German 30-Year Bonds Drop, Yield Rises Above 2.50%, as Global Stocks Climb
German 30-year bonds slid, pushing yields above 2.5 percent for the first time in almost two weeks, as stock gains and falling unemployment damped demand for the perceived safety of the region’s benchmark debt.
Ten-year bund yields earlier reached the highest since Dec. 28, before the country sells as much as 5 billion euros ($6.53 billion) of the securities tomorrow. The Stoxx Europe 600 Index (SXXP) climbed for a second day, gaining 1.6 percent. Belgian borrowing costs slid to an 18-month low as it sold three- and six-month bills, while an 85-day bill sale by the Netherlands drew a rate of zero. Austria will sell 1.32 billion euros of debt Jan. 10.
“People have been a little bit surprised by the relatively positive economic outcomes that we’ve seen in the past couple of weeks,” said Elwin de Groot, a market economist at Rabobank Nederland in Utrecht, the Netherlands. “Apart from that, the market will be very much focused on the round of refinancing.”
The German 30-year yield (GDBR30) rose two basis points, or 0.02 percentage point, to 2.47 percent at 4.54 p.m. London time. It earlier reached 2.51 percent, the first time it has climbed above 2.50 percent since Dec. 22. The 3.25 percent bond due July 2042 fell 0.525, or 5.25 euros per 1,000-euro face amount, to 116.435. Ten-year yields were little changed at 1.90 percent, after rising to 1.94 percent.
Longer-maturity bonds dropped as a government report showed German unemployment (GRUECHNG) fell more than economists estimated in December. The number of people out of work slid a seasonally adjusted 22,000 to 2.89 million, the Federal Labor Agency said. Economists forecast a decline of 10,000, according to a Bloomberg News survey. The jobless rate (GRUEPR) slid to 6.8 percent.
Belgium sold 1.28 billion euros of three-month bills at a rate of 0.264 percent, down from 0.78 percent at a previous offering on Dec. 13. The nation also auctioned 1.155 billion euros of debt due in six months, paying 0.364 percent, compared with 2.438 percent on Nov. 29. The nation’s 10-year yields climbed four basis points to 4.27 percent.
The Netherlands sold 2.99 billion euros of securities maturing March 30 at a rate of zero, and auctioned 1.66 billion euros of December 2012 bills at 0.05 percent.
France also issued shorter-dated debt, selling 8.7 billion euros of 84-, 161- and 315-day securities.
Yields in the world’s leading economies may rise this year as governments have more than $7.6 trillion of debt maturing, analysts’ forecasts compiled by Bloomberg show. Led by Japan’s $3 trillion and the U.S.’s $2.8 trillion, the amount coming due for the Group of Seven nations and Brazil, Russia, India and China is up from $7.4 trillion at this time last year, according to data compiled by Bloomberg.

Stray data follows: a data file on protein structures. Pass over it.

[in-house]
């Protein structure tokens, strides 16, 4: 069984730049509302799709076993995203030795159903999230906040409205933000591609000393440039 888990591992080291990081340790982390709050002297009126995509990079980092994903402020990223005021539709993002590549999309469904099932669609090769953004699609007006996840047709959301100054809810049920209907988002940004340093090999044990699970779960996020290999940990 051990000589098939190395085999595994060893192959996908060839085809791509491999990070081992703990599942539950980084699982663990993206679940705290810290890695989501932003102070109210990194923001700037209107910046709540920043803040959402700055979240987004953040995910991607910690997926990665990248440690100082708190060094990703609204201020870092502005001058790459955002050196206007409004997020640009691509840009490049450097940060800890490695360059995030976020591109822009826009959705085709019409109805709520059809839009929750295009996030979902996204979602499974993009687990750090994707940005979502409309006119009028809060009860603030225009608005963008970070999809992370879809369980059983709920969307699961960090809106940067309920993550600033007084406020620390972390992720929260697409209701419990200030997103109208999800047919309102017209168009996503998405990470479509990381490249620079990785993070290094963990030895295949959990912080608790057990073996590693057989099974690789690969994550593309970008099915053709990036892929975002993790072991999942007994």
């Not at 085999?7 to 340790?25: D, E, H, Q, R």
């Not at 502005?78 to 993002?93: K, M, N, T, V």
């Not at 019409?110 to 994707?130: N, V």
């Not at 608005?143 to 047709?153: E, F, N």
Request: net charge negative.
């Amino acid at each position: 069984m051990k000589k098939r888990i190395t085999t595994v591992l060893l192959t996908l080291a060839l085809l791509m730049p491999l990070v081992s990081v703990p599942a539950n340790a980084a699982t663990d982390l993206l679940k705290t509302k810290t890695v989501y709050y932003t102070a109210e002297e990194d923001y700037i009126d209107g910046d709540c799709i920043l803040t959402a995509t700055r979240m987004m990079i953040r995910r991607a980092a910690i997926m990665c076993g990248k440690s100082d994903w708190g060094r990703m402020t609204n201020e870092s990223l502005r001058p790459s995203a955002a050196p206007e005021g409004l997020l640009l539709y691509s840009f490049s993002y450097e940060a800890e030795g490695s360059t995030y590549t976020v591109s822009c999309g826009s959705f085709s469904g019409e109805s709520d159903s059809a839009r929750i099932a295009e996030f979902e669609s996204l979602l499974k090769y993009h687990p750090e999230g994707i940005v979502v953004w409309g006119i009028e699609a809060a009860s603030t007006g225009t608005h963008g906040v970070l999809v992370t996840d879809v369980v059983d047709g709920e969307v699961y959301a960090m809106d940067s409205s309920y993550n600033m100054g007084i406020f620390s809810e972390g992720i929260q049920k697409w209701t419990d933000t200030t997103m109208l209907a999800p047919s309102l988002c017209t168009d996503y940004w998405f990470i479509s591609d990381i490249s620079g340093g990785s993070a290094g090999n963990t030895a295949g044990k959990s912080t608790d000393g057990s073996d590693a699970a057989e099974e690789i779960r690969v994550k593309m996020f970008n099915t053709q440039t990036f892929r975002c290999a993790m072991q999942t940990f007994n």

The extra yield investors demand to hold Austrian 10-year bonds instead of German bunds increased nine basis points to 123 basis points, while the spread between Austria’s two- and 10- year yields widened seven basis points to 179 basis points.
“The widening has more to do with what’s going on in Hungary,” said Brian Barry, an analyst at Evolution Securities Ltd. in London. “The Austrian banking sector is one of the most exposed to central and eastern Europe.”
Hungary sold three-month bills at the highest yield since 2009 at its first debt auction since passing laws that diminished the country’s chance of obtaining international financial aid. Lawmakers approved regulations on Dec. 30 that stripped central bank President Andras Simor of his right to name deputies, expanded the rate-setting Monetary Council and created a position for a third vice president.
Losses in German bunds will likely be limited as European leaders struggle to contain the debt crisis, according to John Wraith, a fixed-income strategist at Bank of America Merrill Lynch Global Research in London.
“Bunds will return to a safe-haven investment as the odds are stacked against any riskier assets,” Wraith said.
German bonds returned 9.7 percent last year, the most since the financial crisis of 2008, when they made 12 percent, indexes developed by Bank of America Merrill Lynch show.
The German 10-year yield fell to a record 1.636 percent on Sept. 23 as investors sought a refuge from a sovereign debt crisis that forced Greece, Ireland and Portugal to seek bailouts. Italian 10-year yields climbed to a euro-era high of 7.48 percent on Nov. 9 as the crisis threatened to infect the euro area’s third-biggest economy.
The Italian 10-year yield was little changed at 6.92 percent as the European Central Bank was said to buy the debt. The yield earlier rose to 6.96 percent.
Volatility on Spanish sovereign debt was the highest in euro-area markets today, followed by Ireland, according to measures of 10-year bonds, two- and 10-year yield spreads and credit-default swaps.
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